48: A Slum Experience

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The entire group that participated in 2013’s 48: Slum Experience

How was your weekend?? Such a common Monday question (or Tuesday this week. I love you, Martin Luther King.), but how often we give a common Monday answer: Good. Fine. It was ok. This week I’ve been handling that question a little differently. That’s because last weekend, Saturday thru Monday, I was with youth from First Baptist Church on the Square at SIFAT in Lineville, Ala.

SIFAT (Servants in Faith and Technology) was born in 1976 when the Corson family came back from their mission work in Bolivia. While they were there, they noticed that a lot of times the people they were preaching to were dying by the end of the week. They were trying to fill the individuals spiritually, but their practical needs (food, water, shelter) weren’t being met. When they came back to Lineville they started SIFAT with the mission to “help people from different countries, cultures and social classes understand each other and work together, so that every person can have a chance to develop into the person God intends for each to be.” They do this by bringing in community leaders from around the world to train in appropriate technology, but they also host groups (like ours!) in what is called the slum experience. Typically, slum experiences are only about three hours long, but yearly they perform a 48-hour experience, which I had the joy to take part in.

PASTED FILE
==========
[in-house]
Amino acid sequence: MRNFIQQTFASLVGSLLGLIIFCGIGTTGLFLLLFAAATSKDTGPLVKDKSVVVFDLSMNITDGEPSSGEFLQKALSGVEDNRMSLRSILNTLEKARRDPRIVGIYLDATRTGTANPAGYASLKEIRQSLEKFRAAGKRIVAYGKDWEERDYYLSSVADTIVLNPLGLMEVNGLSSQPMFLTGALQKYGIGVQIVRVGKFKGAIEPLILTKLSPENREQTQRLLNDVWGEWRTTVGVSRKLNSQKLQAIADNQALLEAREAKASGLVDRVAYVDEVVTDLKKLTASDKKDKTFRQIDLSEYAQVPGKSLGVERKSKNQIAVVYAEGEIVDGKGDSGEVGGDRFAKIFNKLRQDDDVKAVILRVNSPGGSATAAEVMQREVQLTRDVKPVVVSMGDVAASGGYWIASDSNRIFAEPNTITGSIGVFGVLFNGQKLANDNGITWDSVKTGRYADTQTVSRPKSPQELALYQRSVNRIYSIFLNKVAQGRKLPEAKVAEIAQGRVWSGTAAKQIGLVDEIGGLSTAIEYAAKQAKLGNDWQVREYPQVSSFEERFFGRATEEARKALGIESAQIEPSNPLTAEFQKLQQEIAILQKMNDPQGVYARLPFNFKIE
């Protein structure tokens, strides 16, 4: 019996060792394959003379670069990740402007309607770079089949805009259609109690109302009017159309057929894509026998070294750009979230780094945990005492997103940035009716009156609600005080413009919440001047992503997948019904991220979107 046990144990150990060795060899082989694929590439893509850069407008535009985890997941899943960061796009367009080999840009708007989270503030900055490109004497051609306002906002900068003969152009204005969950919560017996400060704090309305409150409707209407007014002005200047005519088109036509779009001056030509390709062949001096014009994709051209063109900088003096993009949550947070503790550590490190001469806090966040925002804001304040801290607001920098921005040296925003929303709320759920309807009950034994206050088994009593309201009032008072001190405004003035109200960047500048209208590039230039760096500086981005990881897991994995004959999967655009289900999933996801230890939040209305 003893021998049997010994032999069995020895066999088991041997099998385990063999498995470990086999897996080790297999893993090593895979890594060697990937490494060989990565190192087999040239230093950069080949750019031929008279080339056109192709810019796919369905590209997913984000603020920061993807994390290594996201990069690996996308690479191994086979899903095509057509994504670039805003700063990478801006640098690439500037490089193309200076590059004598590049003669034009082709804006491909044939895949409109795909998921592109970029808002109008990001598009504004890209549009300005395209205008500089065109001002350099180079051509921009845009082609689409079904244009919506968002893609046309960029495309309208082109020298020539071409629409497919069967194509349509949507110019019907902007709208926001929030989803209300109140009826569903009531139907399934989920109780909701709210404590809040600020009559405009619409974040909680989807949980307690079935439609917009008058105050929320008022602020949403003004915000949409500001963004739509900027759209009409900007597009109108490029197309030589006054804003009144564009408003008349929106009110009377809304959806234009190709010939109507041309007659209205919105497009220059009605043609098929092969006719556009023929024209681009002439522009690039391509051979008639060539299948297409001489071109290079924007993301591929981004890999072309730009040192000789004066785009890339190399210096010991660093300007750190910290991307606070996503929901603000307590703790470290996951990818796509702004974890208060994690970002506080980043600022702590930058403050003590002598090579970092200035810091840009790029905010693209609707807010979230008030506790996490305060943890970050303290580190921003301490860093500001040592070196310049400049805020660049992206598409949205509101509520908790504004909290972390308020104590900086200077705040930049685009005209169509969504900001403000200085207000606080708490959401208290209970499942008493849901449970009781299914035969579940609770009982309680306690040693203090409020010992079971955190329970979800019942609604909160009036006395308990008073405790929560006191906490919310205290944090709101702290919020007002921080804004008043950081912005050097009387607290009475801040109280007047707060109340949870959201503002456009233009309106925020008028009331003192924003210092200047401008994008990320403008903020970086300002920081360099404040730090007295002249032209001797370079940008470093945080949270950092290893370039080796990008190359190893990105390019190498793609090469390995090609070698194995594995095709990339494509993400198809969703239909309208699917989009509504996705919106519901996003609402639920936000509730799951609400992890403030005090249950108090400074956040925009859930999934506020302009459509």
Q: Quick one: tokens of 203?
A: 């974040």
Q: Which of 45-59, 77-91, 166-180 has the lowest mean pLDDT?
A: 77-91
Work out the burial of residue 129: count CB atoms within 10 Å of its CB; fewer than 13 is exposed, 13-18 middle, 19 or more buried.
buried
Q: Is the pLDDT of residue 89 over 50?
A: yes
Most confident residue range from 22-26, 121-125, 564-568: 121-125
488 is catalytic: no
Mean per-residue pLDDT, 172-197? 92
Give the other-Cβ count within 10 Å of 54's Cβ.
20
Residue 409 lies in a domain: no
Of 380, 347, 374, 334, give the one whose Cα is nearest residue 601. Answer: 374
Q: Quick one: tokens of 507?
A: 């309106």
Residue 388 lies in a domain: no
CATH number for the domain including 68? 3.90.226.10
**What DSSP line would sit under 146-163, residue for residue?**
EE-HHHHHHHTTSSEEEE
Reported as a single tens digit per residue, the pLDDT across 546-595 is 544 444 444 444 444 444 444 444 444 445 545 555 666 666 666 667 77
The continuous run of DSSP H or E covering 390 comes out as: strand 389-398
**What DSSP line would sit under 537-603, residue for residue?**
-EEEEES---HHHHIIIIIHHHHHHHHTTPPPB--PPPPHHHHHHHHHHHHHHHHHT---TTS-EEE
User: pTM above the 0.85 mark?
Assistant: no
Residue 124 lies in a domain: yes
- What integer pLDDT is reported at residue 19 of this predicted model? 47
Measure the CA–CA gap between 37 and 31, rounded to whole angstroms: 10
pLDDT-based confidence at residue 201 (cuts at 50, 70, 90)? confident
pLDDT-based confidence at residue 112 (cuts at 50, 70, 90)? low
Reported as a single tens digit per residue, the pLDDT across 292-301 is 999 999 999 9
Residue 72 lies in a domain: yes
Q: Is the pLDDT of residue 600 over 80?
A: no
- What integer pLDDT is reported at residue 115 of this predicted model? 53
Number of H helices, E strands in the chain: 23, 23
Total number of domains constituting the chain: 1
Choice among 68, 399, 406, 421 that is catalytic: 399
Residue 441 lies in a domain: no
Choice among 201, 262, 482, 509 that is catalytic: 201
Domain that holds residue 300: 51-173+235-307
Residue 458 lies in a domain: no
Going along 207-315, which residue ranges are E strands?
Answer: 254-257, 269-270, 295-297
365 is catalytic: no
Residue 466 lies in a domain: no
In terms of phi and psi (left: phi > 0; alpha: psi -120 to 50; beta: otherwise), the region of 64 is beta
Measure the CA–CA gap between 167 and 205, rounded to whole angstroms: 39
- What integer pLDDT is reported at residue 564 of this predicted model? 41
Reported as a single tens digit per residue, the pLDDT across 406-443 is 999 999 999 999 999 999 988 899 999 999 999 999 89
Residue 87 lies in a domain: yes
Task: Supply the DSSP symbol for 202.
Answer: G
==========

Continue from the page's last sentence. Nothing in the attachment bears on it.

It started with customs. We were only allowed to bring certain items including and completely limited to: clothes (only to layer, not to wardrobe change), flashlight, sleeping bag, water bottle and any prescription meds. That means no toothbrush, face wash, underwear (gross, I know), or electronics (watches included).